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“Davey and Kent: Growing Together Since 1880”

Own a bit of Kent History – The Venice Café Glass Block

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The Venice Cafe business dates to 1936, making it the oldest bar business in Kent. Its first location, established by Italian immigrants Josephine Sidoti and her husband's cousin, Johnny Sidoti, was on North Mantua Street before a nearby shooting prompted a ban on alcohol sales in the area. Following the shooting, the Venice Cafe relocated to what is now the second floor of Mugs Brew Pub at Franklin Avenue and Erie Street, before moving across Erie Street to its current spot in 1941. Jospehine (Sidoti) Ricciardi and her husband, Constantino Ricciardi, became the bar's second-generation owners and their children, Joseph, Josephine and Anita, later became the third-generation owners.
After more than 70 years and three generations of family ownership, Kent's iconic Venice Cafe has changed hands.

The Ricciardi family has sold the bar operation to Kent businessman Mike Beder, who on Wednesday August 7, 2013 received the keys to the establishment located at the corner of Franklin Avenue and Erie Street since 1941.
Beder has since removed all the glass block that was the corner window and replaced it with a modern style glass window.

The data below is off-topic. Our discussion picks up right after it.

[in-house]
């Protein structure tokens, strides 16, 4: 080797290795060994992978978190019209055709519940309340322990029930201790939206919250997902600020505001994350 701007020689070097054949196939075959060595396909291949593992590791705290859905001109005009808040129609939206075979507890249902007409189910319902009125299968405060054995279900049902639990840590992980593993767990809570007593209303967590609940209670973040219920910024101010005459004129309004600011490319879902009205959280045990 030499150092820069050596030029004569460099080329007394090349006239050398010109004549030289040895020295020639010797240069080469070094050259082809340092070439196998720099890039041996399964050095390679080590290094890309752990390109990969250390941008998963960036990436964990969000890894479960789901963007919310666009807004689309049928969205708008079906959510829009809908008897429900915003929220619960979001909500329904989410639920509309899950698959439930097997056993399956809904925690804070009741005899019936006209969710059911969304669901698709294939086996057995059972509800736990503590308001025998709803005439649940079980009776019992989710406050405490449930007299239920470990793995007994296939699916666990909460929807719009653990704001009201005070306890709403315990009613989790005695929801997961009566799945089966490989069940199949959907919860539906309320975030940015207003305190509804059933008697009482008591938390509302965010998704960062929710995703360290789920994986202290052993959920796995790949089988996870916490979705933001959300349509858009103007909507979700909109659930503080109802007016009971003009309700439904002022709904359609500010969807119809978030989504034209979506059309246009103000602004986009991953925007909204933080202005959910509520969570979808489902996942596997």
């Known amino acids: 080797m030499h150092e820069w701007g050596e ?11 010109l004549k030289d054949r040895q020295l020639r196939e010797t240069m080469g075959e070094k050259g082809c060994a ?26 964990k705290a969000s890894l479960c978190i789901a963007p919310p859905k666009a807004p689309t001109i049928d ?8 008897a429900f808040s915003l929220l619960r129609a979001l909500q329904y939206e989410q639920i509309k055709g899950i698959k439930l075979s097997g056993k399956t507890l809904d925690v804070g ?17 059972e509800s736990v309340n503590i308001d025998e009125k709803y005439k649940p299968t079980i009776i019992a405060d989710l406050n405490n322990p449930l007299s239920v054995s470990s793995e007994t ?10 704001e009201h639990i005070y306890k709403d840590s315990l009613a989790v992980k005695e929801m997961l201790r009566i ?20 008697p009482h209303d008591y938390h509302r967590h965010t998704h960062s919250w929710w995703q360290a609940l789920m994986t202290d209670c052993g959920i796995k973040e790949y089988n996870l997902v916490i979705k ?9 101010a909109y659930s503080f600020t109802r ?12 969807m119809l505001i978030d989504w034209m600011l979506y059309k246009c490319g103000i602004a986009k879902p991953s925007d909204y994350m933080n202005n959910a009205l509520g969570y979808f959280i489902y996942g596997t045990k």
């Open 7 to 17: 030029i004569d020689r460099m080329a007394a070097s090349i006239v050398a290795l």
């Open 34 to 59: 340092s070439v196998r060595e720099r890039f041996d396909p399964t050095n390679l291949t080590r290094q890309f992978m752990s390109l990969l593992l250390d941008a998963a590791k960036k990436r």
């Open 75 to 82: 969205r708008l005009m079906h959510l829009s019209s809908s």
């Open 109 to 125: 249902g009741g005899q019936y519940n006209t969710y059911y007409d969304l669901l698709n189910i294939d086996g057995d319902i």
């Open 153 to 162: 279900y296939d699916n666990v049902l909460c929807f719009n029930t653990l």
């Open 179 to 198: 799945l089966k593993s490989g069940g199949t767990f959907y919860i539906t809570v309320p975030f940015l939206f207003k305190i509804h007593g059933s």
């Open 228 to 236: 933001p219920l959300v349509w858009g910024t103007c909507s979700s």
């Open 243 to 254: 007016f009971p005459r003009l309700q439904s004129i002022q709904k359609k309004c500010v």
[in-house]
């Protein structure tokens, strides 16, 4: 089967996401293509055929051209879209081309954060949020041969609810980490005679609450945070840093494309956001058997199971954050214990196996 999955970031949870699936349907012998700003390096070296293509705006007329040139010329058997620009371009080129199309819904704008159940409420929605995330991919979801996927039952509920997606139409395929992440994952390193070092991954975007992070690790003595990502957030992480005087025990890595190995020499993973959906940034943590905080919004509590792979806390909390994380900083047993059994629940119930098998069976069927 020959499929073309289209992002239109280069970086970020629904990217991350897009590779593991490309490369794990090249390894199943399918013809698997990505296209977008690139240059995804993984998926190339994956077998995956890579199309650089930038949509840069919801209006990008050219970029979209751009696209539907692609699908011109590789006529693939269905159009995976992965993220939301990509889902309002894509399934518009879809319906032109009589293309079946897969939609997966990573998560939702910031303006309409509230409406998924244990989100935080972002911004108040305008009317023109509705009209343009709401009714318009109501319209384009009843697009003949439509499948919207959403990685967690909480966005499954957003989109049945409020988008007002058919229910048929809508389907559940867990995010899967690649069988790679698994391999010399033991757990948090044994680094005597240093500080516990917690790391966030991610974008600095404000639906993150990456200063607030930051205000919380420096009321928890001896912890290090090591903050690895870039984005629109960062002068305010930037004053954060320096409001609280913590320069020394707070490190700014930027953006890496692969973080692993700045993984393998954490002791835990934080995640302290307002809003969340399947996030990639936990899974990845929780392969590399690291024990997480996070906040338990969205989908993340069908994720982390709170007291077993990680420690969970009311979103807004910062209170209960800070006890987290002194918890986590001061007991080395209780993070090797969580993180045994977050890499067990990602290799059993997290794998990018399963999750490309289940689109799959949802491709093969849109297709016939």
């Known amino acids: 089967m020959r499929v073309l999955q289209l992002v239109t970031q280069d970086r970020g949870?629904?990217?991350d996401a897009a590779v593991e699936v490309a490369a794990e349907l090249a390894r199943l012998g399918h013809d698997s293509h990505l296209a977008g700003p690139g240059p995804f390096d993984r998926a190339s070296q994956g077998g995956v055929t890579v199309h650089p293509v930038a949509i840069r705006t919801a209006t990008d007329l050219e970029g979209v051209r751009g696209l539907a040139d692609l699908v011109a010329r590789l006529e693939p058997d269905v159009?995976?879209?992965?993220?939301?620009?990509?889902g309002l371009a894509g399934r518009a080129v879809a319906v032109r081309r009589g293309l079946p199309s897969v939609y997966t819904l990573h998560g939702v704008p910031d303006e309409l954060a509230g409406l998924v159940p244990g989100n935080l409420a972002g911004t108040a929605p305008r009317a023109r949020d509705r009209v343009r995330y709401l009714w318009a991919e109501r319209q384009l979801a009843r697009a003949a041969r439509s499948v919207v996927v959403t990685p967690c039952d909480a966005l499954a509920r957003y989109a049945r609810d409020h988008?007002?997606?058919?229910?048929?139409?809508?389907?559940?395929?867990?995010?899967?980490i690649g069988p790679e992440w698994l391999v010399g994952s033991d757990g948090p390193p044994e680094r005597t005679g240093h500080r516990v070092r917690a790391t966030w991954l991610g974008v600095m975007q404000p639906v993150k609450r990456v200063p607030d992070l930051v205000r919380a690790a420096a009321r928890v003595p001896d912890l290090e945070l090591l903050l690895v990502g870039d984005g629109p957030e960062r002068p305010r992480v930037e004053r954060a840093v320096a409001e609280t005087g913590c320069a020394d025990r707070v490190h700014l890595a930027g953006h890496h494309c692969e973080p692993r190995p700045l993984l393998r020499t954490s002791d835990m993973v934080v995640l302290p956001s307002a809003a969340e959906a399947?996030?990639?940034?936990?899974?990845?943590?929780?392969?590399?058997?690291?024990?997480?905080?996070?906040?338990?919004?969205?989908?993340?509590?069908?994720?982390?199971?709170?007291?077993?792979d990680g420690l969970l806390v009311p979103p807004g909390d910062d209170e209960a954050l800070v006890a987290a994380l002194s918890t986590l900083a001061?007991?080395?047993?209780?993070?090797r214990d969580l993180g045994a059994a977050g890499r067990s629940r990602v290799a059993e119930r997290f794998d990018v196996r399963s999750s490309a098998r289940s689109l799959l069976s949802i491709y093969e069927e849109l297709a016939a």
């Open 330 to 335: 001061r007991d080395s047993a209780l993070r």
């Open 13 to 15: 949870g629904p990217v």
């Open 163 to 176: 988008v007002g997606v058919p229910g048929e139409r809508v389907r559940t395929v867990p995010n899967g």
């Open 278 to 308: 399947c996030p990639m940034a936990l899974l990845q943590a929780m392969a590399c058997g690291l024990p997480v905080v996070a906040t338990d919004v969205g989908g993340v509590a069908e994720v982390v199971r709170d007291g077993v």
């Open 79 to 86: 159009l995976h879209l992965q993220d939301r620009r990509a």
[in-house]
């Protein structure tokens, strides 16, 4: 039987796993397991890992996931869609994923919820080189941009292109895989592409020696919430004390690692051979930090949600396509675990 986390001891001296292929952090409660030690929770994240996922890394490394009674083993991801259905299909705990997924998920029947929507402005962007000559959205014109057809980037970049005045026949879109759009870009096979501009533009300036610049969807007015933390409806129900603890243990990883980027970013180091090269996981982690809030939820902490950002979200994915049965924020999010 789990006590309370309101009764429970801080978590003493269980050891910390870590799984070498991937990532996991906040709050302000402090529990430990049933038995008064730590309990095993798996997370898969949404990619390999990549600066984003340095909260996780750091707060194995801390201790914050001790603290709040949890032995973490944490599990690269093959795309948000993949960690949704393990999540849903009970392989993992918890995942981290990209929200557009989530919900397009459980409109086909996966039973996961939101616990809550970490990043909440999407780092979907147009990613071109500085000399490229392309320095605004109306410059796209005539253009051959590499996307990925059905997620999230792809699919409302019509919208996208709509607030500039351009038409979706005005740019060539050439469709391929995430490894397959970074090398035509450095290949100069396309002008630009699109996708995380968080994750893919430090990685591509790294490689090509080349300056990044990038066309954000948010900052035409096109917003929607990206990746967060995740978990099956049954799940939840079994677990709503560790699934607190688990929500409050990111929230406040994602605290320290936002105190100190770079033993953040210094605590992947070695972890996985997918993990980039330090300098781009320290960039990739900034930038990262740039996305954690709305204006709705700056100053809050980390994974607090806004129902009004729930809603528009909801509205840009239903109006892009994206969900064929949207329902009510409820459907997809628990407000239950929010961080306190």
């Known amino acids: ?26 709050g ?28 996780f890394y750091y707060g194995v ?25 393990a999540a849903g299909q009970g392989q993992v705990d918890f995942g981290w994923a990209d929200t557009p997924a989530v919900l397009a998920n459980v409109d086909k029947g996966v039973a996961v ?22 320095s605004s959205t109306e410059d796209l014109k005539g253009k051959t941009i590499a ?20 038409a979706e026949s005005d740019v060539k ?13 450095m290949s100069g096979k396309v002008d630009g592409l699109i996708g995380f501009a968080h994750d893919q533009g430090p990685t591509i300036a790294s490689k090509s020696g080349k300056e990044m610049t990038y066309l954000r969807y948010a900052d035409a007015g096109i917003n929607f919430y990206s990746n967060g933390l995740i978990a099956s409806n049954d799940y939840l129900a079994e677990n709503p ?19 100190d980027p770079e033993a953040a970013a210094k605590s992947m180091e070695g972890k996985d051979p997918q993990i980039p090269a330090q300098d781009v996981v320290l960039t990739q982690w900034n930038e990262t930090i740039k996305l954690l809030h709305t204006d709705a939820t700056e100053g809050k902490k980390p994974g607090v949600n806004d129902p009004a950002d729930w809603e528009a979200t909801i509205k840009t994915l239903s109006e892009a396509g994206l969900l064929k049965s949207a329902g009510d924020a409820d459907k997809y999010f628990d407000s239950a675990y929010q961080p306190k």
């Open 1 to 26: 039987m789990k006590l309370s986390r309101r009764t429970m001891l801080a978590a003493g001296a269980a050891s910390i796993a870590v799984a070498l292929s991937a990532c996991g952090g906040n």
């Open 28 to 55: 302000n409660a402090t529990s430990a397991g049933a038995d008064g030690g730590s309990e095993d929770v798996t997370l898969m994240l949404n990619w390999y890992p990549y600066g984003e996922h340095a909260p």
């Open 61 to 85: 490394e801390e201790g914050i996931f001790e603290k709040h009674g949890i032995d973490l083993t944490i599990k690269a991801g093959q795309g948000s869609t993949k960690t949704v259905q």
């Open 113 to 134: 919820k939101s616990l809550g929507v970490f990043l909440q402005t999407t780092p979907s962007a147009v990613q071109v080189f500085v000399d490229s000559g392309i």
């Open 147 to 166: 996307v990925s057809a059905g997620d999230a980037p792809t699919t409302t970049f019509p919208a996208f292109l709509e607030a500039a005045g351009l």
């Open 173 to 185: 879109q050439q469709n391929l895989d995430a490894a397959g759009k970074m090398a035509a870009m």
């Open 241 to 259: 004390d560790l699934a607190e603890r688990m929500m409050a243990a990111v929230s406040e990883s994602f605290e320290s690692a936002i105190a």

Beder says he wants the block "to live on as a backdrop for future memories in your home or office just like they were for so many years on the corner of Franklin and Erie". Through the generosity of Mr. Beder the Kent Historical Society has obtained all the glass block that were removed from the Venice Café window. We are selling these blocks for a mere $5.00 - 2 for $10. Purchase one of these blocks and own a bit of Kent history. The block are available at the Kent Historical Society. It’s never too soon to stock up on Christmas presents. Please note our days and hours of operation.
This documentary produced by the KHS is a short historical overview depicting the building blocks of the Kent community, from its Franklin Mills origins to the eventual renaming of the city to Kent. The video illustrates the importance of the Cuyahoga River and the economic impact it had on the city. We get a brief view of the individuals that built the industries, mills, the canal and eventually the railroad. We find out that John Brown lived and briefly worked in Kent and that Kent was a stop on the underground railroad. The video brings us up to date with the businesses of today and ending with the growth of the Kent Normal School into what eventually became Kent State University.

Kent – The Early Years
To find out what your historical society has been up to this past year, click me!
Become a history detective - click me!
If you’re looking for a gift or interested in Kent history take a look at our online bookstore. We may have what you want.

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